Some of our posts may have affiliate links including this one. That means if you make a purchase I may get a commission (at no extra cost for you). To find out more about it read our Disclosure page
Banks, big business, and governments now seem to like bitcoin just fine. What changed?
For nearly the entirety of Bitcoin’s existence, the traditional financial sector and governments around the world have been quick to criticize.
Largely because bitcoin has long been touted as the best alternative to traditional finance, and all of the corruption and manipulation that fuels it.
As a fully decentralized and largely anonymous currency, bitcoin has often stood for everything that banks and governments aren’t.
Transparent, open source, and decentralized finance offers anyone and everyone the chance to take control of their money.
No credit checks or security payments are necessary – just a free online wallet.
Exchange platforms have taken this financial freedom a step farther, as some- like the novice-friendly Bitvavo, are actually dedicated to helping people who don’t know what they’re doing buy, sell, and trade bitcoin in order to improve their financial security.
These platforms also make it simple and cheap to send money anywhere in the world- something that would make a classic institution cringe.
But recently, big banks and governments have seemingly begun to take bitcoin much more seriously than they have in the past.
Working closely with blockchain technology and even attempting to integrate bitcoin and cryptosystems into their custodial portfolios. So where exactly does this newfound friendship come from?
What may superficially reveal a change of heart, might actually be banks wising up to the new habits of their customers.
Since the economic crash the novel coronavirus brought down on the world, people have begun to view cryptocurrencies in a new light.
Particularly in the US, a historic financial trendsetter, Everyday people began to see cryptocurrency as a hedge against possible future inflation and a weakened faith in centralized banking practices.
Possibly taking a page from Venezuela’s playbook, many began to notice that cryptocurrency could offer a reliable place to stash any excess cash that wouldn’t fall prey to the aftermath of a broken economy.
It also offers a simple and straightforward way to move funds between family members in different countries. Near-instant transactions and leaving the extortionate fees of money wiring behind.
Leaving banks little choice but to embrace this new wave of shifting loyalties.
Even companies like Visa and PayPal are starting to see the light- as both companies are rumored to begin considering accepting digital currencies as payment forms on their respective platforms.
Which just seems to dig up more questions with even fewer answers. However as the crypto space evolves, more traditional financial schemes begin to crop up.
Things like investing in bitcoin derivatives and bitcoin lending are starting to make genuine headway in the market.
Governments worldwide have been contending with the headache of how to legislate crypto since it really started to take hold in 2017.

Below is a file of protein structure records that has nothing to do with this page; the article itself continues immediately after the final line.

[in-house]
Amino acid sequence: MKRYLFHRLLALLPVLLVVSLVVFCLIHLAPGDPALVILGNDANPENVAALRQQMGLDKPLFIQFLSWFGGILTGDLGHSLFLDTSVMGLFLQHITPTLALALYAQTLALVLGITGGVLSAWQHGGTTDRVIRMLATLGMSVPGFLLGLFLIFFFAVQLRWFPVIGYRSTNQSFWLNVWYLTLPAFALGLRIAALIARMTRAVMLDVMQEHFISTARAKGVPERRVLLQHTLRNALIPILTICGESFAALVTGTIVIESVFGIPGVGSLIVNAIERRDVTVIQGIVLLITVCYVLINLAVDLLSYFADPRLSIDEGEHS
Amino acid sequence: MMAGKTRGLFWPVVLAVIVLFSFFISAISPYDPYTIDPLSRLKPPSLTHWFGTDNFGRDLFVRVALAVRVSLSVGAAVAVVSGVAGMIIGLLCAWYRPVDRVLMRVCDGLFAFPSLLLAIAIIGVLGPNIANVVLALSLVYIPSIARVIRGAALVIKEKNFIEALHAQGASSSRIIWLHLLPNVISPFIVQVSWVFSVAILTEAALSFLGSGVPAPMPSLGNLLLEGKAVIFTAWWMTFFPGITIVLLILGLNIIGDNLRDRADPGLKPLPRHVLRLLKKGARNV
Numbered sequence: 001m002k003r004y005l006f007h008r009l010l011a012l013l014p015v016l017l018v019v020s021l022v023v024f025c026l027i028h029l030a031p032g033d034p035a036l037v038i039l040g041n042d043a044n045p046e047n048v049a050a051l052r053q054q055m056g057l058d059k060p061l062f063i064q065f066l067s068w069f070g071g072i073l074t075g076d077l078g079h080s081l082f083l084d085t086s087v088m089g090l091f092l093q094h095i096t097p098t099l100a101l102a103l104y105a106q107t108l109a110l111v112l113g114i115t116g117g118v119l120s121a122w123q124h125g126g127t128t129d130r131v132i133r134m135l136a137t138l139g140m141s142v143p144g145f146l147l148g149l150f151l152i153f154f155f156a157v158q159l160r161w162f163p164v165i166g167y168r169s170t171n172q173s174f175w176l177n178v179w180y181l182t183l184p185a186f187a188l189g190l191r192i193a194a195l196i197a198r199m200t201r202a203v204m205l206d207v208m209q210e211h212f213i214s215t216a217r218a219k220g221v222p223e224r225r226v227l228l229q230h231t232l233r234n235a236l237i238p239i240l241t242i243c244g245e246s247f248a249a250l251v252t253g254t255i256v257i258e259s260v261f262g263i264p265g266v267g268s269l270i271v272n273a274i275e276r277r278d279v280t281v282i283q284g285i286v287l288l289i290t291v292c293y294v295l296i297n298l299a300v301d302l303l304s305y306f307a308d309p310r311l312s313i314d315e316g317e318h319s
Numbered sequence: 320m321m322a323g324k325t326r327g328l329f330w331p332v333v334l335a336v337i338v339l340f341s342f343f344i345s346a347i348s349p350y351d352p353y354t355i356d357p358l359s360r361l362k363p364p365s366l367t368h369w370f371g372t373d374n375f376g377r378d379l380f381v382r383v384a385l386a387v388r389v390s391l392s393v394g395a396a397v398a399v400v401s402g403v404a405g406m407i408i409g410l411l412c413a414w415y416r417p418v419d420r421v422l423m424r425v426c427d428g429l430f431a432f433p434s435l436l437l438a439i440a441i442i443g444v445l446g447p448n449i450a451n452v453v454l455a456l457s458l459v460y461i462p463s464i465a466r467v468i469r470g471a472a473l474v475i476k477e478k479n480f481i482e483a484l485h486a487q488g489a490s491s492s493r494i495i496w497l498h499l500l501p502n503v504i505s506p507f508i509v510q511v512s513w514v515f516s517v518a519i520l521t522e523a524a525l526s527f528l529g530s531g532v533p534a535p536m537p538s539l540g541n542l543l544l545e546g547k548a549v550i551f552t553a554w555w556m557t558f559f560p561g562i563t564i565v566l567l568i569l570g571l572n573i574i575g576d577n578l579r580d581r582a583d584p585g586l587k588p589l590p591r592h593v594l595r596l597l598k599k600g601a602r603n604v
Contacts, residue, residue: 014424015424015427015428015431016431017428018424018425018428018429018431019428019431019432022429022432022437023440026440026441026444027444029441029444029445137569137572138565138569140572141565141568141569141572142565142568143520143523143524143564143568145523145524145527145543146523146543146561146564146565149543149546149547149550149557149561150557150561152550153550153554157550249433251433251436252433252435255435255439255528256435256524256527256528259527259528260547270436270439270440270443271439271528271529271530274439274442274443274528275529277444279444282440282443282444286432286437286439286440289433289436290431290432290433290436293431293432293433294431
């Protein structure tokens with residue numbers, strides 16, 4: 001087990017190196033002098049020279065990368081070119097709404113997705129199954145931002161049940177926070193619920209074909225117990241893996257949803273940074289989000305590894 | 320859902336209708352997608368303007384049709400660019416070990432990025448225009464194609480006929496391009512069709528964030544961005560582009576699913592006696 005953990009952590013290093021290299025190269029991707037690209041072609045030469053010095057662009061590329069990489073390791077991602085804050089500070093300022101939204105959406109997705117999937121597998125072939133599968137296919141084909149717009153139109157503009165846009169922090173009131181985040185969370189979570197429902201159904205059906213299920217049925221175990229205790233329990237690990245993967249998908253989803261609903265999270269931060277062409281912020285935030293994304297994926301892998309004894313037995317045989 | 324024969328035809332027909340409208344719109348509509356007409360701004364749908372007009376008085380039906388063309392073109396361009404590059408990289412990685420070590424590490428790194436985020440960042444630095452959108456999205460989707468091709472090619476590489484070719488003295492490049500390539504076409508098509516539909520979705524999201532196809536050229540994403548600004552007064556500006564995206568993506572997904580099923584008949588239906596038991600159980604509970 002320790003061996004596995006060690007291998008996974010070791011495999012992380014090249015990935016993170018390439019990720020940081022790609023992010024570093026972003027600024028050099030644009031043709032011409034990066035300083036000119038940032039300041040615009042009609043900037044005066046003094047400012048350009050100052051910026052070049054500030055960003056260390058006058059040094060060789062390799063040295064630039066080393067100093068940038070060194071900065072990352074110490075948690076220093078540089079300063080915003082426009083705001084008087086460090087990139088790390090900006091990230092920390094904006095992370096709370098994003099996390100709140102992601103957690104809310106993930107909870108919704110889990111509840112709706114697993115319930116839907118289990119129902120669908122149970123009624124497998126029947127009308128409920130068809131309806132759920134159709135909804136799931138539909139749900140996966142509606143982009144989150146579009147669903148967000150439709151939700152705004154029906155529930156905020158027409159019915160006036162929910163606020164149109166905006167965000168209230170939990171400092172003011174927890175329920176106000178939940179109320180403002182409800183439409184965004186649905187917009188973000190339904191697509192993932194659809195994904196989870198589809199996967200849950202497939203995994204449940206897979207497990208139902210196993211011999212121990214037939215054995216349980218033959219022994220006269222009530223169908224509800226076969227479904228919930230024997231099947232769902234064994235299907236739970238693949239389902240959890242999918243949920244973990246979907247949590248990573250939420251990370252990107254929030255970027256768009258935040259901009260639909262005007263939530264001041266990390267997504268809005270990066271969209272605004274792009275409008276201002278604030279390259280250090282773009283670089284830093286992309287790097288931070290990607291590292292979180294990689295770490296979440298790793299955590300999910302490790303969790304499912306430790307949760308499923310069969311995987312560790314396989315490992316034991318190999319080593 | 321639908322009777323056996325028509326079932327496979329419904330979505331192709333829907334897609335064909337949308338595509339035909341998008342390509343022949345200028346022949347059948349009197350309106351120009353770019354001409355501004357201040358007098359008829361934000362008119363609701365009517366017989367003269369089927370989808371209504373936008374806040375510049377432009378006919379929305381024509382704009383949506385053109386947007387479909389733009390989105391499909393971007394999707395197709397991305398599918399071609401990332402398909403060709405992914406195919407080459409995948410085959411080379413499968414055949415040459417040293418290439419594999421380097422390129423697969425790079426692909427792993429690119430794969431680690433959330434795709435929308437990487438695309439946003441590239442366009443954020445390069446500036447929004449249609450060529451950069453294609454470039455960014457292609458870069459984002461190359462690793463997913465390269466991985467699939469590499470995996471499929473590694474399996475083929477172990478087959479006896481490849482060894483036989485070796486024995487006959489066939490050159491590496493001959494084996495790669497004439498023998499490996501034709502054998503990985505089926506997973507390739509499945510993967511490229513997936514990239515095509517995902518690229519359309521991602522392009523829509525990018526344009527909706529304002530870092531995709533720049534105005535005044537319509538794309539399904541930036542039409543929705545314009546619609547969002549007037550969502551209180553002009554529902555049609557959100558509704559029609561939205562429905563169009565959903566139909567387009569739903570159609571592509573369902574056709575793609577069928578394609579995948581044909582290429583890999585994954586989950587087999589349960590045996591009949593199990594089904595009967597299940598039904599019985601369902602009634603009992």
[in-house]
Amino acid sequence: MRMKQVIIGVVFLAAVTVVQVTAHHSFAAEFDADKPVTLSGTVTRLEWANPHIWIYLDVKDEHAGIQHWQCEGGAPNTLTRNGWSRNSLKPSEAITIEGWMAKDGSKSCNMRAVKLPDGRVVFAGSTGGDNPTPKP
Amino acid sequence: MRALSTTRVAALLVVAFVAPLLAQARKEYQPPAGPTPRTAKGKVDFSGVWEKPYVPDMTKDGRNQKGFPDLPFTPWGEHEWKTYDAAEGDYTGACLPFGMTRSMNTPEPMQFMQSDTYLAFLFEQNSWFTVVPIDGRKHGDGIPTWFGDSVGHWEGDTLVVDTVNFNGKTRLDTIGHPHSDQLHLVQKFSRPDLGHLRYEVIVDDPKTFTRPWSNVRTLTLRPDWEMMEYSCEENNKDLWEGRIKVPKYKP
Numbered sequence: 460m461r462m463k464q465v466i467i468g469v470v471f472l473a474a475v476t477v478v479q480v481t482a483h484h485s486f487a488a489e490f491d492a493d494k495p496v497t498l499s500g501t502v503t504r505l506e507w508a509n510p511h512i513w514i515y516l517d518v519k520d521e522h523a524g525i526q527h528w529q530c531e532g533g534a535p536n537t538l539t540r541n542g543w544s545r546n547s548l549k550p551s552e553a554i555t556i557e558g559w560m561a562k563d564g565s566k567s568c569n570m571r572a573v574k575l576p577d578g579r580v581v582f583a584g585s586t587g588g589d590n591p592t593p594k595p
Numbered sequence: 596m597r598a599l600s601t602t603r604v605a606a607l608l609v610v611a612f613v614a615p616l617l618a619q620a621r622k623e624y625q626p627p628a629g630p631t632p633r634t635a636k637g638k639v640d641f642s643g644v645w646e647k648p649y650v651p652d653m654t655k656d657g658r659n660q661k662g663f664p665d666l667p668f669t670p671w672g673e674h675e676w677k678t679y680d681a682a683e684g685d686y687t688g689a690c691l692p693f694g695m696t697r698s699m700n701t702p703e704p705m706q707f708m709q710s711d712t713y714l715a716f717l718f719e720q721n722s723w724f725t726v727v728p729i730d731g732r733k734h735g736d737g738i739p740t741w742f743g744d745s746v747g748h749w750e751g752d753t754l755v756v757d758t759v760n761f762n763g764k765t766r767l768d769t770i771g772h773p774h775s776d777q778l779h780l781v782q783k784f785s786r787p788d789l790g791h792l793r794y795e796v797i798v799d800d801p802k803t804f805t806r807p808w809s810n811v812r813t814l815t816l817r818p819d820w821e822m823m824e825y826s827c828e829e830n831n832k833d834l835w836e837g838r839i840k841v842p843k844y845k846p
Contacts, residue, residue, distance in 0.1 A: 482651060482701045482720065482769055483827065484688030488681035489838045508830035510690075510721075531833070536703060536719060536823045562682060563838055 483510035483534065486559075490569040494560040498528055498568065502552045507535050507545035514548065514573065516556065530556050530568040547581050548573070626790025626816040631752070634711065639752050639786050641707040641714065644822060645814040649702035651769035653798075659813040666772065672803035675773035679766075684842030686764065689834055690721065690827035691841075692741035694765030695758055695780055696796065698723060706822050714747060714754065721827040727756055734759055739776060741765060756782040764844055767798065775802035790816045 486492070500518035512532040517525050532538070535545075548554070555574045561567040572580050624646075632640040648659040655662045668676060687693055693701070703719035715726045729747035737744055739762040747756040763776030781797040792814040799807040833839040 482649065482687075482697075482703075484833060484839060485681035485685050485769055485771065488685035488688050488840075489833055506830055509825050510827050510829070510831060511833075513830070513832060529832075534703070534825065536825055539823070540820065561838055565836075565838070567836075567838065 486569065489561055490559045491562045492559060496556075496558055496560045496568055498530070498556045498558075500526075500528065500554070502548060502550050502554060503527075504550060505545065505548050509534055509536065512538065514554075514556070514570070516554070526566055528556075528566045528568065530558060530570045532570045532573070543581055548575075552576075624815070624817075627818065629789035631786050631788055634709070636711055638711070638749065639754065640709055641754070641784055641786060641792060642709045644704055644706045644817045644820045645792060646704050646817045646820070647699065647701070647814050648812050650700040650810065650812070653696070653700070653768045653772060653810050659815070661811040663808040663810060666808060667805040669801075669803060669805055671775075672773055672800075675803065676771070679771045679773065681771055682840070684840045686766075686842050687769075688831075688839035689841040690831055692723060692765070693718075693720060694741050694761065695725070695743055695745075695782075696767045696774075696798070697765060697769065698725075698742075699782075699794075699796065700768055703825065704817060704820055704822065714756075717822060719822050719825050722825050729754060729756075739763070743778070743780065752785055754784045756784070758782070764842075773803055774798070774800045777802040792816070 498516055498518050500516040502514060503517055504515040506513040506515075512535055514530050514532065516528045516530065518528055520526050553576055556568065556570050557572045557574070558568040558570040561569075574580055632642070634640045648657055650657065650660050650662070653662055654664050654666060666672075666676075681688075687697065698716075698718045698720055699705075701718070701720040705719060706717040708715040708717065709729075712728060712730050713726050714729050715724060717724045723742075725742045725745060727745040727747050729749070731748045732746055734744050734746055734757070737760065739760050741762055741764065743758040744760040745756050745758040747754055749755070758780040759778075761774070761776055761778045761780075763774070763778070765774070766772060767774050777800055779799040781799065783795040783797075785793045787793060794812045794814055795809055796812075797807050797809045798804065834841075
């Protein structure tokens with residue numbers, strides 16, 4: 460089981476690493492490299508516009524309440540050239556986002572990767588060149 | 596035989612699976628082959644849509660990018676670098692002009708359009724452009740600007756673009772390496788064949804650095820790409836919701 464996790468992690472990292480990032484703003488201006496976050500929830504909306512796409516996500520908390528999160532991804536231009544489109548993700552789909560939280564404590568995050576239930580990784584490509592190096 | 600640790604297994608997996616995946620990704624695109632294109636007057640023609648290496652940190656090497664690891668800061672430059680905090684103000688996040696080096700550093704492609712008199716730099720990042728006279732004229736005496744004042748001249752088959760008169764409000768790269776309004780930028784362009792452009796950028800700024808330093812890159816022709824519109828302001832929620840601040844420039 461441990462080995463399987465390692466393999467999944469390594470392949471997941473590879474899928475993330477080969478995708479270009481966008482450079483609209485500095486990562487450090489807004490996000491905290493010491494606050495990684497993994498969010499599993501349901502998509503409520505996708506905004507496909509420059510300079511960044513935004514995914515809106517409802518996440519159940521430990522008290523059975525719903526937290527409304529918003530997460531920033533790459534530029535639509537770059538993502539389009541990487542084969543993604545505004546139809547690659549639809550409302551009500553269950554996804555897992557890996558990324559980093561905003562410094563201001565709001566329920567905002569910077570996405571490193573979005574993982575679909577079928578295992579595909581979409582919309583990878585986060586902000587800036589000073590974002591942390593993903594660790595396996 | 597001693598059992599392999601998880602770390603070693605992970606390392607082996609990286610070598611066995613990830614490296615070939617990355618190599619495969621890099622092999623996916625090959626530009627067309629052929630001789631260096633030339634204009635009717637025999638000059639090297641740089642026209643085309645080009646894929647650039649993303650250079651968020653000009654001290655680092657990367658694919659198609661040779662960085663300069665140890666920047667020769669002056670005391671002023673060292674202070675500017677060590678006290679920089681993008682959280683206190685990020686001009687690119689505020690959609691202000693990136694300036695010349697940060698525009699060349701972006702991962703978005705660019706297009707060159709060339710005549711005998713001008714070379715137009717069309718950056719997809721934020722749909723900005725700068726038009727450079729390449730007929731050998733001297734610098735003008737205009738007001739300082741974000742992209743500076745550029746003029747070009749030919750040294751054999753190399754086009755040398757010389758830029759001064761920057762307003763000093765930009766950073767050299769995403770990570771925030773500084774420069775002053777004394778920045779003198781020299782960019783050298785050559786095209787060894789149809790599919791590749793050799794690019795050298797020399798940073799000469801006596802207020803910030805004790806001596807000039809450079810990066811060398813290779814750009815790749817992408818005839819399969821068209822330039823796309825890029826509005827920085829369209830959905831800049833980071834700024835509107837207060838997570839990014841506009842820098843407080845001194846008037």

From tax burden classification, to how best to thwart illegal activities without completely dissolving bitcoin’s pseudo anonymity has provided its fair share of bureaucratic tensions.
However, they seem to be working it out well. In the United States legislature that seems to be fairly agreed upon by all has been implemented.
Despite the newest laws regarding KYC protocols on exchanges, there is still a myriad of ways to get your coin and keep your name clear of registers.
Some governments have even taken the relationship a step farther- proposing their own types of digital stablecoins.
Countries like Sweden, Japan, Ecuador, and even the US are all considering how to implement their own brand of centralized digital currencies into the marketplace.
There’s also serious thought being given to the idea that cryptocurrencies may be the best choice when considering the allotment of universal basic income. A strategy that many think will need to be in place as the virus continues to wage war of livelihood and the economy.
While a centralized digital currency makes little sense to many who believe in bitcoin’s promise and basic function, it could be the only way for governments and big business to realistically break into the marketplace of the future.
As even countries that have tried to prohibit the use of crypto have failed miserably thanks to its universally open and anonymous nature.
Hello and welcome to Go Cryptowise.
My name is Per Englund and I’m a long-term fan and investor and trader of Bitcoin and other cryptocurrencies. I caught the attention of Bitcoin like many other several years ago, but it was first around 2016/2017 that I truly got into cryptocurrencies and blockchain technology.
I have since traded, bought, researched and learnt about this new emerging space to the fullest. When not producing crypto-content I create and design new products and businesses. And I want to combine my business experience with my passion to create meaningful content for all our readers.
And I am bringing this vision to my writing and how Go CryptoWise work.
Connect with me on LinkedIn. Ask me anything on here.
Get in touch with me to find out more about Go CryptoWise and what we care about.